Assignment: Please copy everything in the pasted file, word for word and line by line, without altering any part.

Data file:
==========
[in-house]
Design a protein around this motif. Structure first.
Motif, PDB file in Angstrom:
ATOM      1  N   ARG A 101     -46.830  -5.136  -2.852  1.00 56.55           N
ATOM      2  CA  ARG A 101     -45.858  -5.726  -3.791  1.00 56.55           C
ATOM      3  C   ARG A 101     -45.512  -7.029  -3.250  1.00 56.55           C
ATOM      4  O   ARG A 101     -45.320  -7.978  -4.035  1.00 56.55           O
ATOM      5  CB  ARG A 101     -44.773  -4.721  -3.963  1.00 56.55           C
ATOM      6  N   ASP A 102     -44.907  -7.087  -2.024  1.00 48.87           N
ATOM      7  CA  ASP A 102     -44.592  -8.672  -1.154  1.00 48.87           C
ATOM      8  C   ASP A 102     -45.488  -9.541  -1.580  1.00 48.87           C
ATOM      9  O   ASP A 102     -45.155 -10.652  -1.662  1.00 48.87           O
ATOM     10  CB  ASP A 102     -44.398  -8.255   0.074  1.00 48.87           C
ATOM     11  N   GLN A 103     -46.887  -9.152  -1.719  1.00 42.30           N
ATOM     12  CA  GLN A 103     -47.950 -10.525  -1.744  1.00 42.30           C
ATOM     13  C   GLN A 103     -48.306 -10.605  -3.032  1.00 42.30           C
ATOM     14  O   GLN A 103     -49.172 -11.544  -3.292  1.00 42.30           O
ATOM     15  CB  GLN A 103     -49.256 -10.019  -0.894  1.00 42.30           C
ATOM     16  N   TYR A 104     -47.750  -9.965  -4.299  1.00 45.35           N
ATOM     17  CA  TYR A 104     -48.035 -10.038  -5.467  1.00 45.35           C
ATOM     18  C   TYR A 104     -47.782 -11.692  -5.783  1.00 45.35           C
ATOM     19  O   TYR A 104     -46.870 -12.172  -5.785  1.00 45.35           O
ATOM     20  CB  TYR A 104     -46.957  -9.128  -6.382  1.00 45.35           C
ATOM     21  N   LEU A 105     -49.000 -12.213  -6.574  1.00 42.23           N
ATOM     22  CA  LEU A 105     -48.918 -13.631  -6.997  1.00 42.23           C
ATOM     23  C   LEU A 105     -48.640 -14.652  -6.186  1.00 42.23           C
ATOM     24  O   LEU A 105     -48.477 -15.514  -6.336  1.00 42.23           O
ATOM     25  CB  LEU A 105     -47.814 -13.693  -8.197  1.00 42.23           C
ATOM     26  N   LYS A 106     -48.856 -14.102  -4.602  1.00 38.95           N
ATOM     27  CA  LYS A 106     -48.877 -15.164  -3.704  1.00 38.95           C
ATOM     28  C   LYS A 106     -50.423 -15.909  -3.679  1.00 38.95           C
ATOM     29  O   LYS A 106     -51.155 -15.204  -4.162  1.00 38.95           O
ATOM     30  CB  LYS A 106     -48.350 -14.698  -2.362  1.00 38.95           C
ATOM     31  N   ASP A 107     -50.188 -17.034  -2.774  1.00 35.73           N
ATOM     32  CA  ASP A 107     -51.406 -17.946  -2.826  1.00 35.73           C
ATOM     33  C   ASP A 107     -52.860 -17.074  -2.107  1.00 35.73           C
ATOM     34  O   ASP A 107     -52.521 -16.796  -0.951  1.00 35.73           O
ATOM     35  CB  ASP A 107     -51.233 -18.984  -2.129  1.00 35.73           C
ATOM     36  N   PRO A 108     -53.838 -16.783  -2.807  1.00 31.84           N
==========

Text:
[in-house]
Design a protein around this motif. Structure first.
Motif, PDB file in Angstrom:
ATOM      1  N   ARG A 101     -46.830  -5.136  -2.852  1.00 56.55           N
ATOM      2  CA  ARG A 101     -45.858  -5.726  -3.791  1.00 56.55           C
ATOM      3  C   ARG A 101     -45.512  -7.029  -3.250  1.00 56.55           C
ATOM      4  O   ARG A 101     -45.320  -7.978  -4.035  1.00 56.55           O
ATOM      5  CB  ARG A 101     -44.773  -4.721  -3.963  1.00 56.55           C
ATOM      6  N   ASP A 102     -44.907  -7.087  -2.024  1.00 48.87           N
ATOM      7  CA  ASP A 102     -44.592  -8.672  -1.154  1.00 48.87           C
ATOM      8  C   ASP A 102     -45.488  -9.541  -1.580  1.00 48.87           C
ATOM      9  O   ASP A 102     -45.155 -10.652  -1.662  1.00 48.87           O
ATOM     10  CB  ASP A 102     -44.398  -8.255   0.074  1.00 48.87           C
ATOM     11  N   GLN A 103     -46.887  -9.152  -1.719  1.00 42.30           N
ATOM     12  CA  GLN A 103     -47.950 -10.525  -1.744  1.00 42.30           C
ATOM     13  C   GLN A 103     -48.306 -10.605  -3.032  1.00 42.30           C
ATOM     14  O   GLN A 103     -49.172 -11.544  -3.292  1.00 42.30           O
ATOM     15  CB  GLN A 103     -49.256 -10.019  -0.894  1.00 42.30           C
ATOM     16  N   TYR A 104     -47.750  -9.965  -4.299  1.00 45.35           N
ATOM     17  CA  TYR A 104     -48.035 -10.038  -5.467  1.00 45.35           C
ATOM     18  C   TYR A 104     -47.782 -11.692  -5.783  1.00 45.35           C
ATOM     19  O   TYR A 104     -46.870 -12.172  -5.785  1.00 45.35           O
ATOM     20  CB  TYR A 104     -46.957  -9.128  -6.382  1.00 45.35           C
ATOM     21  N   LEU A 105     -49.000 -12.213  -6.574  1.00 42.23           N
ATOM     22  CA  LEU A 105     -48.918 -13.631  -6.997  1.00 42.23           C
ATOM     23  C   LEU A 105     -48.640 -14.652  -6.186  1.00 42.23           C
ATOM     24  O   LEU A 105     -48.477 -15.514  -6.336  1.00 42.23           O
ATOM     25  CB  LEU A 105     -47.814 -13.693  -8.197  1.00 42.23           C
ATOM     26  N   LYS A 106     -48.856 -14.102  -4.602  1.00 38.95           N
ATOM     27  CA  LYS A 106     -48.877 -15.164  -3.704  1.00 38.95           C
ATOM     28  C   LYS A 106     -50.423 -15.909  -3.679  1.00 38.95           C
ATOM     29  O   LYS A 106     -51.155 -15.204  -4.162  1.00 38.95           O
ATOM     30  CB  LYS A 106     -48.350 -14.698  -2.362  1.00 38.95           C
ATOM     31  N   ASP A 107     -50.188 -17.034  -2.774  1.00 35.73           N
ATOM     32  CA  ASP A 107     -51.406 -17.946  -2.826  1.00 35.73           C
ATOM     33  C   ASP A 107     -52.860 -17.074  -2.107  1.00 35.73           C
ATOM     34  O   ASP A 107     -52.521 -16.796  -0.951  1.00 35.73           O
ATOM     35  CB  ASP A 107     -51.233 -18.984  -2.129  1.00 35.73           C
ATOM     36  N   PRO A 108     -53.838 -16.783  -2.807  1.00 31.84           N